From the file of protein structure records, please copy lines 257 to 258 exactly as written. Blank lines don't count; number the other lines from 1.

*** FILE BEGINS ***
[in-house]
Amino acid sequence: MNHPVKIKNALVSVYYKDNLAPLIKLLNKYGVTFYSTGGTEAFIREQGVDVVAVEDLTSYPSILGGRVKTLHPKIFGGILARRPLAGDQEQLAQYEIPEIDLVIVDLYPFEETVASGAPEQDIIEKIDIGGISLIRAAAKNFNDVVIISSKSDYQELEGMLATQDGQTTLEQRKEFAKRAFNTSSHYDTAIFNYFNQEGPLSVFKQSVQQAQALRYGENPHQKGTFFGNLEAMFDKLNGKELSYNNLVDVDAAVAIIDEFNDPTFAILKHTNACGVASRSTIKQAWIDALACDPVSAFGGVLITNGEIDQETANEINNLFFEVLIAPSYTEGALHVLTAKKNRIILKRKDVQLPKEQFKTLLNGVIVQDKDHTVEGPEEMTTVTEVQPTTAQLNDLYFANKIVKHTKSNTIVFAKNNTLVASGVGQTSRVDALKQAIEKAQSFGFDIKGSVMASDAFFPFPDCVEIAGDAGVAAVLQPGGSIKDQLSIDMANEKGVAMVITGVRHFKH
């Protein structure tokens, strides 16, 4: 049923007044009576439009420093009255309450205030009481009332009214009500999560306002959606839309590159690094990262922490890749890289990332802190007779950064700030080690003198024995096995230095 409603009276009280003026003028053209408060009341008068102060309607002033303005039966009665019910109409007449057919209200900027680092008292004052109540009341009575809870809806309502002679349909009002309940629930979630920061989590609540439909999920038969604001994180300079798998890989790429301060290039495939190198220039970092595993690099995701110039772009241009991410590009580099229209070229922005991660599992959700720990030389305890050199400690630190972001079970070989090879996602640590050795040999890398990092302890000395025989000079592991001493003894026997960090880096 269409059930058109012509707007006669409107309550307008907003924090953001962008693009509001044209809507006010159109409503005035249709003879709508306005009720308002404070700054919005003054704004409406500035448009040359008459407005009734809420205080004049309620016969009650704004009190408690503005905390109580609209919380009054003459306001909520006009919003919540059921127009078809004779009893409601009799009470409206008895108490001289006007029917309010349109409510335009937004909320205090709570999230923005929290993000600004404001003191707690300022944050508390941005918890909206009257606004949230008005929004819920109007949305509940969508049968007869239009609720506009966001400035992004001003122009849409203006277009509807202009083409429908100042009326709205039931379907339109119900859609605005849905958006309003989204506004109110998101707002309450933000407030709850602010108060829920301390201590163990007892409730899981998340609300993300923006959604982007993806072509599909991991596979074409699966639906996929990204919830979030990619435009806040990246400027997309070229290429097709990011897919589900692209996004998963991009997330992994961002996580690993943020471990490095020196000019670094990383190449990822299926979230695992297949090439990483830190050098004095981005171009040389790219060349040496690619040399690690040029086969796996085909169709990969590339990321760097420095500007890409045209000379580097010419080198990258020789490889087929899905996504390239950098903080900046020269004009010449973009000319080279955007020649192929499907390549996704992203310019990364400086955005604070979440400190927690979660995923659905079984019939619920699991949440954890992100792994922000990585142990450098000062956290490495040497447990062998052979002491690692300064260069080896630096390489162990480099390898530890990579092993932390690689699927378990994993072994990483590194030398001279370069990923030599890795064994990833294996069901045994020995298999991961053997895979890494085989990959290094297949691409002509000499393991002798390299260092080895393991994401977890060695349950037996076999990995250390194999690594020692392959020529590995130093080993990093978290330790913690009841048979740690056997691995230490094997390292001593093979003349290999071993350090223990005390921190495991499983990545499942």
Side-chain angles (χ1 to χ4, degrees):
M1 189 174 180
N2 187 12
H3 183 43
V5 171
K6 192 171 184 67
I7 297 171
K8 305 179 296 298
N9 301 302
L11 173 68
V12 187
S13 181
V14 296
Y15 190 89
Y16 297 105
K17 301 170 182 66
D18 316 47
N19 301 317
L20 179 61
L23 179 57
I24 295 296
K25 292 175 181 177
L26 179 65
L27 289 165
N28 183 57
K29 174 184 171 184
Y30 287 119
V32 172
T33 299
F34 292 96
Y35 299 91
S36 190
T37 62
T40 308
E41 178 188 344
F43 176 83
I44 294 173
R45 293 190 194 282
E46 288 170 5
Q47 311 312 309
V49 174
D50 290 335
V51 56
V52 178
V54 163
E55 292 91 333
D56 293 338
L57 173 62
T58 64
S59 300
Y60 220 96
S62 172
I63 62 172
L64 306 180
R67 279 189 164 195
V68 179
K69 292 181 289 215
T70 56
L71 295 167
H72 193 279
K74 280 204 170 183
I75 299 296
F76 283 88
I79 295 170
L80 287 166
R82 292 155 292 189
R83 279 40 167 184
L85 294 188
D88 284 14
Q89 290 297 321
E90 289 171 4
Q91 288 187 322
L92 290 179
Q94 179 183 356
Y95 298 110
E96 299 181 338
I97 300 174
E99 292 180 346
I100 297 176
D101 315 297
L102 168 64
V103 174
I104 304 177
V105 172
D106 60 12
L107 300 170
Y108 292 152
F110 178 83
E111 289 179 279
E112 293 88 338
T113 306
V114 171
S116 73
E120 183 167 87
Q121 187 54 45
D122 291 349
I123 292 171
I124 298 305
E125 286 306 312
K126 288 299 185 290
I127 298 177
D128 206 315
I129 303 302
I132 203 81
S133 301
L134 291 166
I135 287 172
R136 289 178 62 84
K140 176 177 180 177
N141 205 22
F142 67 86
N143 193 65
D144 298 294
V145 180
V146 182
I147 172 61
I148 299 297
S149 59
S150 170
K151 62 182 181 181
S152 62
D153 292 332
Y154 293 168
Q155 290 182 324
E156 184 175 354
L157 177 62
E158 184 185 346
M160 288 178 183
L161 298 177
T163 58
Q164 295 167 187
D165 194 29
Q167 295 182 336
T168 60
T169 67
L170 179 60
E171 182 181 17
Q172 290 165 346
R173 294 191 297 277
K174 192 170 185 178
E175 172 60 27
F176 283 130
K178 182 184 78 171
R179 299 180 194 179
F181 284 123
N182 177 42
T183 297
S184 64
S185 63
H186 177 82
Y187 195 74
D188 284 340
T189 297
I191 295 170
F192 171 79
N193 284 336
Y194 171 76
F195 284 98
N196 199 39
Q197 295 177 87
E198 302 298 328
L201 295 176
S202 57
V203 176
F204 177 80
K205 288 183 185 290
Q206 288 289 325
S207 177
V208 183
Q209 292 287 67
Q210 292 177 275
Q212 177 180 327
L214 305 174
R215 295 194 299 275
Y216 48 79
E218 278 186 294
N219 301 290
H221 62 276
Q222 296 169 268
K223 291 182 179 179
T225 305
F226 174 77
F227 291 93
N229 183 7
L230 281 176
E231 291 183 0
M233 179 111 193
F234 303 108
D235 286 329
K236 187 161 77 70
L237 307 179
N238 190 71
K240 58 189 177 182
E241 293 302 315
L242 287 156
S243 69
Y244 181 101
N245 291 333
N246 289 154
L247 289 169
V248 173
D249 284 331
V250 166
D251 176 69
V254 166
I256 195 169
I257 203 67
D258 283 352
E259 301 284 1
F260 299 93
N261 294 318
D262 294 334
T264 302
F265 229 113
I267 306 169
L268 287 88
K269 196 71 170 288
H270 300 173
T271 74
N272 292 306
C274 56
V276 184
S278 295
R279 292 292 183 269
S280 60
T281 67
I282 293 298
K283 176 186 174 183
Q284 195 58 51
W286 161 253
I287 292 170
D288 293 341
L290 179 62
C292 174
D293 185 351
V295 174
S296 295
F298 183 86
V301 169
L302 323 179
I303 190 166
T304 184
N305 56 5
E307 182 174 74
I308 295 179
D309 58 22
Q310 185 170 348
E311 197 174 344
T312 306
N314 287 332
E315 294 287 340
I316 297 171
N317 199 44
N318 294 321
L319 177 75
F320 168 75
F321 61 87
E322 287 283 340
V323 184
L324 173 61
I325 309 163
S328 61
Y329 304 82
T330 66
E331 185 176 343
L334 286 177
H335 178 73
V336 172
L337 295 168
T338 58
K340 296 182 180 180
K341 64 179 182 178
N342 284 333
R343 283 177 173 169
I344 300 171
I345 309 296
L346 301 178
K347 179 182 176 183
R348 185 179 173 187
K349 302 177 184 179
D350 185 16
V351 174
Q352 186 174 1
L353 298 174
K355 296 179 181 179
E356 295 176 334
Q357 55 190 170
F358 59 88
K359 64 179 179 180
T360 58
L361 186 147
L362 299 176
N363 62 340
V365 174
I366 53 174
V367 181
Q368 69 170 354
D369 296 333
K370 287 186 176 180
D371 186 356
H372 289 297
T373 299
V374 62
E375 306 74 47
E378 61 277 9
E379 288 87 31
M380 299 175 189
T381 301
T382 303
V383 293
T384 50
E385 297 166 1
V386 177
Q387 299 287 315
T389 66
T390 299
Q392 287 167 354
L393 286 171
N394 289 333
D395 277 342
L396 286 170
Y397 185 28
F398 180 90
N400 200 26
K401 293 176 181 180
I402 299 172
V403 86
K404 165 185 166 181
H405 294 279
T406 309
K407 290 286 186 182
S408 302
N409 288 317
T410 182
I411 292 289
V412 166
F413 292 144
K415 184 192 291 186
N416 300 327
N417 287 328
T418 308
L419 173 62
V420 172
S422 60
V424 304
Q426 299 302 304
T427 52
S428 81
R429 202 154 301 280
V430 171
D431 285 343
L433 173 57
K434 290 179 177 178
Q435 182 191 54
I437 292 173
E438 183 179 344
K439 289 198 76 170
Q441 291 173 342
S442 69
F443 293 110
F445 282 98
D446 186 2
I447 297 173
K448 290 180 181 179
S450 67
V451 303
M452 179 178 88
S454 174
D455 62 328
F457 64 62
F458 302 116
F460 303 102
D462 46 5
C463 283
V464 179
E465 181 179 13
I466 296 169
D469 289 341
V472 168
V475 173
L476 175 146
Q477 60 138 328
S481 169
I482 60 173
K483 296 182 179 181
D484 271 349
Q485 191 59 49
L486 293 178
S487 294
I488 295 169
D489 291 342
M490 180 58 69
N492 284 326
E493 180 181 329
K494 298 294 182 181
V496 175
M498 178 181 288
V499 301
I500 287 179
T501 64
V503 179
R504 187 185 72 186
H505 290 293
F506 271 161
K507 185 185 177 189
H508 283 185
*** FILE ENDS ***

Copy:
N318 294 321
L319 177 75